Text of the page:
Q: What do you think of the future of PR and communications?
SM: Pead is turning 20 in 2020. As we enter this new era, we need to take stock of where we came from, where we are and how the business will continue to evolve. I’m eternally grateful for the amazing foundation Deborah has set out for Pead. While we continue to grow, we can’t lose sight of what we’re good at. We’re not compromising or trying to be something we’re not. We are unique, we’re us, and we live by that ethos.
AF: I often reflect that it is a real privilege to do what we do here. I think about the bold and inspiring people and clients we get to work with each day and healthy challenge that results from a desire to deliver the best possible outcomes. We’ve seen massive shifts in the PR landscape and Pead has been strategic in adapting.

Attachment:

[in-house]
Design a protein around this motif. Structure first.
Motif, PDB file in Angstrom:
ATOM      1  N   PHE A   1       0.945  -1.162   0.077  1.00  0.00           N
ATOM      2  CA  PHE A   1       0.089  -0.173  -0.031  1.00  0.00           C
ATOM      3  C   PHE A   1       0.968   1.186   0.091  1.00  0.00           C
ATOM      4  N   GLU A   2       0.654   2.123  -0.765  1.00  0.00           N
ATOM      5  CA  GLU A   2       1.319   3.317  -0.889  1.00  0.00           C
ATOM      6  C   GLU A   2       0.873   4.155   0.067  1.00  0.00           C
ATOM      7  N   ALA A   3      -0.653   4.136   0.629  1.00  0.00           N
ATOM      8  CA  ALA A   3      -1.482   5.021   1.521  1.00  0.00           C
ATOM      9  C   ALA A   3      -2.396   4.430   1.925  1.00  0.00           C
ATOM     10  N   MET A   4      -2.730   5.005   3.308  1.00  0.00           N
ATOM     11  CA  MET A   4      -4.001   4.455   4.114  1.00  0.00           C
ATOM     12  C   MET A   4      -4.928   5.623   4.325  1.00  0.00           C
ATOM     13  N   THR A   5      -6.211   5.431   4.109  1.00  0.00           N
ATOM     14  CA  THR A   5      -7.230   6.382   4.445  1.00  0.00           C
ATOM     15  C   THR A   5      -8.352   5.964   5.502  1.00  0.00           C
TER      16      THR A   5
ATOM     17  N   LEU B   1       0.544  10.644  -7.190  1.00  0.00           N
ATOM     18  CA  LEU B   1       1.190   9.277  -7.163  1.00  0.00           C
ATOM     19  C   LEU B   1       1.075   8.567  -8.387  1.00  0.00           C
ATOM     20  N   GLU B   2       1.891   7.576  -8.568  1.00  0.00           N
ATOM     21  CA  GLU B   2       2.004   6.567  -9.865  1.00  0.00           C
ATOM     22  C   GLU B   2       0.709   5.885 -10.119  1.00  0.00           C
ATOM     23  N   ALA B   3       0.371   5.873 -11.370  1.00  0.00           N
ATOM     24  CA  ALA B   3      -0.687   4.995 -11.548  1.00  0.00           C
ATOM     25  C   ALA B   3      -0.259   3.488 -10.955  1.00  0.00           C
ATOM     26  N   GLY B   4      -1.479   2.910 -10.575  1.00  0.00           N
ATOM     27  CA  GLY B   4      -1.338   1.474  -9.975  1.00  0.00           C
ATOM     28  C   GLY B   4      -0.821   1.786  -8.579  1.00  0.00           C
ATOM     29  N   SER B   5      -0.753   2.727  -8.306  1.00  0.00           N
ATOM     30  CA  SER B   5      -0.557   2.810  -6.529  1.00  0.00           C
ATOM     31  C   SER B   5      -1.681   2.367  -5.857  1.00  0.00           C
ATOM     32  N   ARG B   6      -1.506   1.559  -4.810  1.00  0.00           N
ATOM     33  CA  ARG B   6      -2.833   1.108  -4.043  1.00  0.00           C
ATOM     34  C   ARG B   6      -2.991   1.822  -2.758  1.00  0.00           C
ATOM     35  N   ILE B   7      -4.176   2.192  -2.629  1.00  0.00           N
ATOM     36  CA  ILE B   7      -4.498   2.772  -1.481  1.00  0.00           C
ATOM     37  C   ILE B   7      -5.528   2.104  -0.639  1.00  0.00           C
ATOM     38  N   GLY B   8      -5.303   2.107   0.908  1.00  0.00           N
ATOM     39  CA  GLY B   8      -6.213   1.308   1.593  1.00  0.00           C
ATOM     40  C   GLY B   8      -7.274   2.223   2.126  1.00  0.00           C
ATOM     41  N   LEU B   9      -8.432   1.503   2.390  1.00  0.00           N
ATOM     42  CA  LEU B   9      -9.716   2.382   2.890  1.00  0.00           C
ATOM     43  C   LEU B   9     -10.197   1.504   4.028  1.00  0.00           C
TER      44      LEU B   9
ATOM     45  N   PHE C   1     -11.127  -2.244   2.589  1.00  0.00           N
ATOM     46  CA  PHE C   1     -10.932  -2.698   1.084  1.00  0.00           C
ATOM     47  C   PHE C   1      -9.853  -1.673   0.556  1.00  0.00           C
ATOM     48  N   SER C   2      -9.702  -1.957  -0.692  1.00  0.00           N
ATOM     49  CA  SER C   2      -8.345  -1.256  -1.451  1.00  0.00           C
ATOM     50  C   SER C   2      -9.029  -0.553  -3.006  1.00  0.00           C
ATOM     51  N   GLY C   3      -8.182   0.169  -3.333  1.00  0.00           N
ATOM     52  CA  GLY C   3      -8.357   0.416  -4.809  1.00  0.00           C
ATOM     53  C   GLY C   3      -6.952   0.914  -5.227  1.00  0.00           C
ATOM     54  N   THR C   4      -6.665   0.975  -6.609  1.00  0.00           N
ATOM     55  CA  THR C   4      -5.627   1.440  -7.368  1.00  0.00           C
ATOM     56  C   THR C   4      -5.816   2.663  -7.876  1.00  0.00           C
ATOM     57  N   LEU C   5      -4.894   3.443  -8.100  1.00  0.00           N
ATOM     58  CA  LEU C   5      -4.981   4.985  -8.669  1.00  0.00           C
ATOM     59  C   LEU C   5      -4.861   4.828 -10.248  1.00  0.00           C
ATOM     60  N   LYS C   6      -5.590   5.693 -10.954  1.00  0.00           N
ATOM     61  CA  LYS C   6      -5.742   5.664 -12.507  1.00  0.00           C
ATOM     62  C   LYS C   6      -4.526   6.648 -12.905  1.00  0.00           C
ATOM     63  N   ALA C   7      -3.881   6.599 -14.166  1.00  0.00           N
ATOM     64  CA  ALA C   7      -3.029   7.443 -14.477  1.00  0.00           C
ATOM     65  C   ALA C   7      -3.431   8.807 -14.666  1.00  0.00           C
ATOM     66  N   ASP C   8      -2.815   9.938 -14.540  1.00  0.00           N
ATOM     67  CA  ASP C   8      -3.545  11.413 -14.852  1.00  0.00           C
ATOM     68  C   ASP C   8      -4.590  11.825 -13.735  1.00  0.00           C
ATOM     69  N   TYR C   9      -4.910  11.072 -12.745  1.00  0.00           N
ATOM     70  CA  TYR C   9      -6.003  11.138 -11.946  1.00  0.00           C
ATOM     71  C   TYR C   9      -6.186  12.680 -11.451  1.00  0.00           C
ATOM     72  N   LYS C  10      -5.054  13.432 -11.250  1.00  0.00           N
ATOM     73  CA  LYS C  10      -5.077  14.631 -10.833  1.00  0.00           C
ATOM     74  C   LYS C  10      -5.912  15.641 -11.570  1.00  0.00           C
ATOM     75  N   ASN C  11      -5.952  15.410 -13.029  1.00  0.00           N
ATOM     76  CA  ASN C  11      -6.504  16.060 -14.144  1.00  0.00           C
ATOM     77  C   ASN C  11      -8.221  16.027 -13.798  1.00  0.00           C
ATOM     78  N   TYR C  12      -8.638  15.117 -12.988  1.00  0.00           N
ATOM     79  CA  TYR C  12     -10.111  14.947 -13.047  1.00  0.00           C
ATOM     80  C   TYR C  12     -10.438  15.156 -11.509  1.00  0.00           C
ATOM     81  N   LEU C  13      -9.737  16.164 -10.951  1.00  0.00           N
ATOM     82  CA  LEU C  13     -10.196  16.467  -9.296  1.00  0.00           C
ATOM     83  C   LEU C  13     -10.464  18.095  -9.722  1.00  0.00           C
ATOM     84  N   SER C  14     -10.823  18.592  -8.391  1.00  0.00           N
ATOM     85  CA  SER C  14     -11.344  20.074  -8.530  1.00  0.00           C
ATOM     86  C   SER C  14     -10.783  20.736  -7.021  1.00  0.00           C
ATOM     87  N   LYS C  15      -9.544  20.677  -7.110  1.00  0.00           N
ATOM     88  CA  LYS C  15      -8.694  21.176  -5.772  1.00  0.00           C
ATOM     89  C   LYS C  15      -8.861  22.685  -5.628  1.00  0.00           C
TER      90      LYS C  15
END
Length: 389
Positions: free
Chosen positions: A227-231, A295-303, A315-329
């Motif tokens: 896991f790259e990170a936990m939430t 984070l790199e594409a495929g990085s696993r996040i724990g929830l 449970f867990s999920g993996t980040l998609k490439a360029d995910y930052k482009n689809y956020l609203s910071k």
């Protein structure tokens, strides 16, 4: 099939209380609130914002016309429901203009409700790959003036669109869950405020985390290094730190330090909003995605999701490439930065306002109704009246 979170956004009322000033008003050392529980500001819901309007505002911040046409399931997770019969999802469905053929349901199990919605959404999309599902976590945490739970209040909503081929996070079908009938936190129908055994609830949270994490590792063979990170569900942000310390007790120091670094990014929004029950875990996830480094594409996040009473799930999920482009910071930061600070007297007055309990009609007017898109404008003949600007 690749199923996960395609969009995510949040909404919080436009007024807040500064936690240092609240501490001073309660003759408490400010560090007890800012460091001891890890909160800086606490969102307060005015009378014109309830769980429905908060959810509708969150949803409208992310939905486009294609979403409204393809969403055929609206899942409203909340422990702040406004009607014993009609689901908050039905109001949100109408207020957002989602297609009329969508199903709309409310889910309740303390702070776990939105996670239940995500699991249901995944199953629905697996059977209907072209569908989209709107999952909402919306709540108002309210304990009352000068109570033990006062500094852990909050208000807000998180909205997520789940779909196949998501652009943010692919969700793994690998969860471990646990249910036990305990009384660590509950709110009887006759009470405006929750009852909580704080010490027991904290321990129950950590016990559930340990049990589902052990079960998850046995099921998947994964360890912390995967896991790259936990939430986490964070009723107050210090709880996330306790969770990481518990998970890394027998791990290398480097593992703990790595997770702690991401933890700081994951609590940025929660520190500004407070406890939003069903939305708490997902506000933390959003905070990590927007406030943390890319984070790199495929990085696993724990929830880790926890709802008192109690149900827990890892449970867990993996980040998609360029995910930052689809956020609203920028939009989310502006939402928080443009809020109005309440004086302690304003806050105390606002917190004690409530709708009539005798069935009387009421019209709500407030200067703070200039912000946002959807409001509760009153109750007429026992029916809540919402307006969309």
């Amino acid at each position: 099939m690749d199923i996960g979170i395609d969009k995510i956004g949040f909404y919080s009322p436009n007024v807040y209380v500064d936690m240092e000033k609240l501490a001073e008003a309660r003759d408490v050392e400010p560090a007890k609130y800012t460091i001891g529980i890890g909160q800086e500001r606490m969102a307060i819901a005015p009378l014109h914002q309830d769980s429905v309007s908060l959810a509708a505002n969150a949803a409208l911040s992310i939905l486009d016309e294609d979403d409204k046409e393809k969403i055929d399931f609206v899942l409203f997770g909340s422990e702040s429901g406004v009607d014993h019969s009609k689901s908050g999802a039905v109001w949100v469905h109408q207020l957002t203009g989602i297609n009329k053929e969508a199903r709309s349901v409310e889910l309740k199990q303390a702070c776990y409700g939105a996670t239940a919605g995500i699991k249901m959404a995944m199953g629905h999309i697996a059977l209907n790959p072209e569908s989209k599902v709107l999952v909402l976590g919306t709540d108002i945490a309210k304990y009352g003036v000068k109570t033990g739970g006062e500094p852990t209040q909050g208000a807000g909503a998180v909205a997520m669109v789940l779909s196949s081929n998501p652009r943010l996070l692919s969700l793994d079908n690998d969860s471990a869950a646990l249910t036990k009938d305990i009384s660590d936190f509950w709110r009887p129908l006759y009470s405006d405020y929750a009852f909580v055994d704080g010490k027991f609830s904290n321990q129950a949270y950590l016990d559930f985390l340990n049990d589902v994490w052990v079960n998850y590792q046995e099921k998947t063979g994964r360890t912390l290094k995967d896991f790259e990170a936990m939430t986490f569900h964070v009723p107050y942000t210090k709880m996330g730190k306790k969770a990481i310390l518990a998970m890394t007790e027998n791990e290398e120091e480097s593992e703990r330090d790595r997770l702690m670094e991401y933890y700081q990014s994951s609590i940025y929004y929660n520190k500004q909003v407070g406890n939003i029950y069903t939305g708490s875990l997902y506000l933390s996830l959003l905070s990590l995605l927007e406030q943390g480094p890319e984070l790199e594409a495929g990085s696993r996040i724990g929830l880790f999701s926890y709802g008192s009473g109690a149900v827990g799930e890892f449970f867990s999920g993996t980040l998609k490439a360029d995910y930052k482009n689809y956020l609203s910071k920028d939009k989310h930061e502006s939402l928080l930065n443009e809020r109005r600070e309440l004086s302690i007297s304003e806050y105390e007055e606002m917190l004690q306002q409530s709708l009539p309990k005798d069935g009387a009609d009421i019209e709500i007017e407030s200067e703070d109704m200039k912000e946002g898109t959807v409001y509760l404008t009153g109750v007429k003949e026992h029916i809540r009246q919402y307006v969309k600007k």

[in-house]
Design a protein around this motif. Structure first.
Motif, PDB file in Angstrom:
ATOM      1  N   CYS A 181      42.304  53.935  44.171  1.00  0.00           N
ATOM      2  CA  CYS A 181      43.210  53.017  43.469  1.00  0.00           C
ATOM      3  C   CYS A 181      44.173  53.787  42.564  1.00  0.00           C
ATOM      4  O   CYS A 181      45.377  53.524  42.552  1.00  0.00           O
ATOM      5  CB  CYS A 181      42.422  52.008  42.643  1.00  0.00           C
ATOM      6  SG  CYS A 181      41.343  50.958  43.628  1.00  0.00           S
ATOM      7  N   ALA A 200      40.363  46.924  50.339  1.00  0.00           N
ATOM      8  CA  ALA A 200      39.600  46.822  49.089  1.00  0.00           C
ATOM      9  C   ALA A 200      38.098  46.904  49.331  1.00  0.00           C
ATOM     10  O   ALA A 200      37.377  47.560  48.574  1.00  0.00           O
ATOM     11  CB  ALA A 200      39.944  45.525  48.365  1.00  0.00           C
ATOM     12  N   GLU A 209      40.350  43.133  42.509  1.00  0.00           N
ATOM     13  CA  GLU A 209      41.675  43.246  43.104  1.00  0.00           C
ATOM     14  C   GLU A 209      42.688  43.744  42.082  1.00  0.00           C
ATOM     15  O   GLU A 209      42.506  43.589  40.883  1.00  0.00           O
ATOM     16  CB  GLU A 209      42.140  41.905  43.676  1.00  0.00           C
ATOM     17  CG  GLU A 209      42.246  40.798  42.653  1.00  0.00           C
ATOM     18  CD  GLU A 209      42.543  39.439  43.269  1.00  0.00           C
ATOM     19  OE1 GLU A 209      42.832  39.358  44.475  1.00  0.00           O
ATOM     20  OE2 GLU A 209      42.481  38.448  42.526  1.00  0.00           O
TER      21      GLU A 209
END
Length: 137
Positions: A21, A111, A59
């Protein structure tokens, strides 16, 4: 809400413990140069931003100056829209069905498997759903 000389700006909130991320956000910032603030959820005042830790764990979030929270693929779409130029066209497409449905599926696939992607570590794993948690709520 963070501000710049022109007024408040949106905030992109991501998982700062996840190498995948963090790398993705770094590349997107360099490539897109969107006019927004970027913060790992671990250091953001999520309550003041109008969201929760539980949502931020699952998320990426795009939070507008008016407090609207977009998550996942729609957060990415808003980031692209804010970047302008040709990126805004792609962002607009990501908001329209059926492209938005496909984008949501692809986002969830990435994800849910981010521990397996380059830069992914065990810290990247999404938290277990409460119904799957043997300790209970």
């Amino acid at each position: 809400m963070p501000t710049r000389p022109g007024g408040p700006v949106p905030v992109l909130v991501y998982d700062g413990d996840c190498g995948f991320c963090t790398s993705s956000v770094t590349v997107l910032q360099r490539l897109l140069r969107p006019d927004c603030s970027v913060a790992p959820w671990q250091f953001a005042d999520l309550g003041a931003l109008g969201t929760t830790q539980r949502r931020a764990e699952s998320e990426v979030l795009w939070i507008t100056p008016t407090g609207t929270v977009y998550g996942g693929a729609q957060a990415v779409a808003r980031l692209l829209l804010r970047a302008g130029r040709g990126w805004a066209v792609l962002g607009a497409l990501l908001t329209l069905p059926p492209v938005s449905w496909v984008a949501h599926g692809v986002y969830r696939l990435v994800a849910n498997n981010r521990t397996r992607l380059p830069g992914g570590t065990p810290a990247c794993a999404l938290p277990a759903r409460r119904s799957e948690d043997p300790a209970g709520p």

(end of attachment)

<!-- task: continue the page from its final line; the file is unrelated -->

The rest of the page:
KG: I believe we’re heading to an increasingly blurred world where advertising agencies and PR agencies could be chasing the same work, clients or ideas. Perhaps we’re not so far off seeing a whole bunch of generalist agencies, rather than any that are specialised to one discipline.
LK: Fundamentally, PR agencies are the best type of agencies at telling stories that connect with people and drive conversation. Going into next year, having beefed up our skillset and strategic prowess at both ends of the spectrum sets us up for some amazing work in the new year.
DP: Overall, the future of our industry looks great. For years, we have been evolving our skill set to support multiple communication platforms. Pead in particular has embraced all the evolving communications frontiers and we are fit and ready for the future.